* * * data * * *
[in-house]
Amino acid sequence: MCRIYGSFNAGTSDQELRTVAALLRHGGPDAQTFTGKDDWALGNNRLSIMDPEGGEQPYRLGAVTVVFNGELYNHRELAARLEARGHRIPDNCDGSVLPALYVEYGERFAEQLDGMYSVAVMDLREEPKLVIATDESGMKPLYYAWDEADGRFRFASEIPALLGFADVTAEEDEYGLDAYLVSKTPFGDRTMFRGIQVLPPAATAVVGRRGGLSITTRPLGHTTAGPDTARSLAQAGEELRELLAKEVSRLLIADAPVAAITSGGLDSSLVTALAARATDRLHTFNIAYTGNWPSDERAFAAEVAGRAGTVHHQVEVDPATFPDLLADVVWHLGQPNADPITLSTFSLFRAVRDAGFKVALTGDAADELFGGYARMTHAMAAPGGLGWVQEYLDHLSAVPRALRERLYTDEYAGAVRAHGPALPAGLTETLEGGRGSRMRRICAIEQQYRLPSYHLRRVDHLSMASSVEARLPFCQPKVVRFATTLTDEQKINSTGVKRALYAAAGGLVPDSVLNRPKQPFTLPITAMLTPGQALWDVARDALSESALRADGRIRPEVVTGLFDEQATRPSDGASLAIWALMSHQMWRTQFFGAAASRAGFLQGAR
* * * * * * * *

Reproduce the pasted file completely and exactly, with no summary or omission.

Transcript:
[in-house]
Amino acid sequence: MCRIYGSFNAGTSDQELRTVAALLRHGGPDAQTFTGKDDWALGNNRLSIMDPEGGEQPYRLGAVTVVFNGELYNHRELAARLEARGHRIPDNCDGSVLPALYVEYGERFAEQLDGMYSVAVMDLREEPKLVIATDESGMKPLYYAWDEADGRFRFASEIPALLGFADVTAEEDEYGLDAYLVSKTPFGDRTMFRGIQVLPPAATAVVGRRGGLSITTRPLGHTTAGPDTARSLAQAGEELRELLAKEVSRLLIADAPVAAITSGGLDSSLVTALAARATDRLHTFNIAYTGNWPSDERAFAAEVAGRAGTVHHQVEVDPATFPDLLADVVWHLGQPNADPITLSTFSLFRAVRDAGFKVALTGDAADELFGGYARMTHAMAAPGGLGWVQEYLDHLSAVPRALRERLYTDEYAGAVRAHGPALPAGLTETLEGGRGSRMRRICAIEQQYRLPSYHLRRVDHLSMASSVEARLPFCQPKVVRFATTLTDEQKINSTGVKRALYAAAGGLVPDSVLNRPKQPFTLPITAMLTPGQALWDVARDALSESALRADGRIRPEVVTGLFDEQATRPSDGASLAIWALMSHQMWRTQFFGAAASRAGFLQGAR